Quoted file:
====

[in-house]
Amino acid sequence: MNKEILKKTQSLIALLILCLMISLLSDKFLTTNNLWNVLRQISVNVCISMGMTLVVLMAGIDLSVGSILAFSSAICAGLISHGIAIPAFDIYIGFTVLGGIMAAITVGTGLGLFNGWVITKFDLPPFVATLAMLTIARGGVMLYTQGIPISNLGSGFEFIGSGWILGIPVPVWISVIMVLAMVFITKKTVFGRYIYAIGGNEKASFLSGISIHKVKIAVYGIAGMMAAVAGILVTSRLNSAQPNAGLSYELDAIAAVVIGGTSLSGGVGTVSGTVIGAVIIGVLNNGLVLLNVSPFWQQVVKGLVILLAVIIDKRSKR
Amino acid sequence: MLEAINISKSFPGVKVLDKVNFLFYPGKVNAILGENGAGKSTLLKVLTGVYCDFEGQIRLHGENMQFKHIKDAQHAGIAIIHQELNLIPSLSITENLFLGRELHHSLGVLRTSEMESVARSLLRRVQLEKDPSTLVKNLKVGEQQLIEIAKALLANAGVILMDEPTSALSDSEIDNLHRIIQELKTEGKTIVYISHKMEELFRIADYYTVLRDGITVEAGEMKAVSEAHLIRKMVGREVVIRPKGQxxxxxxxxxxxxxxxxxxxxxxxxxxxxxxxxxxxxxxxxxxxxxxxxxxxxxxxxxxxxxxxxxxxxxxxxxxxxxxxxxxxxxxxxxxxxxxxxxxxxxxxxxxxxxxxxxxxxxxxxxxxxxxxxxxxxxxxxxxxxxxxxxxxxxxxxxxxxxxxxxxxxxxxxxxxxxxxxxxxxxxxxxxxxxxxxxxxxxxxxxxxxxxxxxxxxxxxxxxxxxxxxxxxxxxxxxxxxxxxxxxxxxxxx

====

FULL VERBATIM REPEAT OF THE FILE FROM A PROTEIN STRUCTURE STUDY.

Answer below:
[in-house]
Amino acid sequence: MNKEILKKTQSLIALLILCLMISLLSDKFLTTNNLWNVLRQISVNVCISMGMTLVVLMAGIDLSVGSILAFSSAICAGLISHGIAIPAFDIYIGFTVLGGIMAAITVGTGLGLFNGWVITKFDLPPFVATLAMLTIARGGVMLYTQGIPISNLGSGFEFIGSGWILGIPVPVWISVIMVLAMVFITKKTVFGRYIYAIGGNEKASFLSGISIHKVKIAVYGIAGMMAAVAGILVTSRLNSAQPNAGLSYELDAIAAVVIGGTSLSGGVGTVSGTVIGAVIIGVLNNGLVLLNVSPFWQQVVKGLVILLAVIIDKRSKR
Amino acid sequence: MLEAINISKSFPGVKVLDKVNFLFYPGKVNAILGENGAGKSTLLKVLTGVYCDFEGQIRLHGENMQFKHIKDAQHAGIAIIHQELNLIPSLSITENLFLGRELHHSLGVLRTSEMESVARSLLRRVQLEKDPSTLVKNLKVGEQQLIEIAKALLANAGVILMDEPTSALSDSEIDNLHRIIQELKTEGKTIVYISHKMEELFRIADYYTVLRDGITVEAGEMKAVSEAHLIRKMVGREVVIRPKGQxxxxxxxxxxxxxxxxxxxxxxxxxxxxxxxxxxxxxxxxxxxxxxxxxxxxxxxxxxxxxxxxxxxxxxxxxxxxxxxxxxxxxxxxxxxxxxxxxxxxxxxxxxxxxxxxxxxxxxxxxxxxxxxxxxxxxxxxxxxxxxxxxxxxxxxxxxxxxxxxxxxxxxxxxxxxxxxxxxxxxxxxxxxxxxxxxxxxxxxxxxxxxxxxxxxxxxxxxxxxxxxxxxxxxxxxxxxxxxxxxxxxxxxx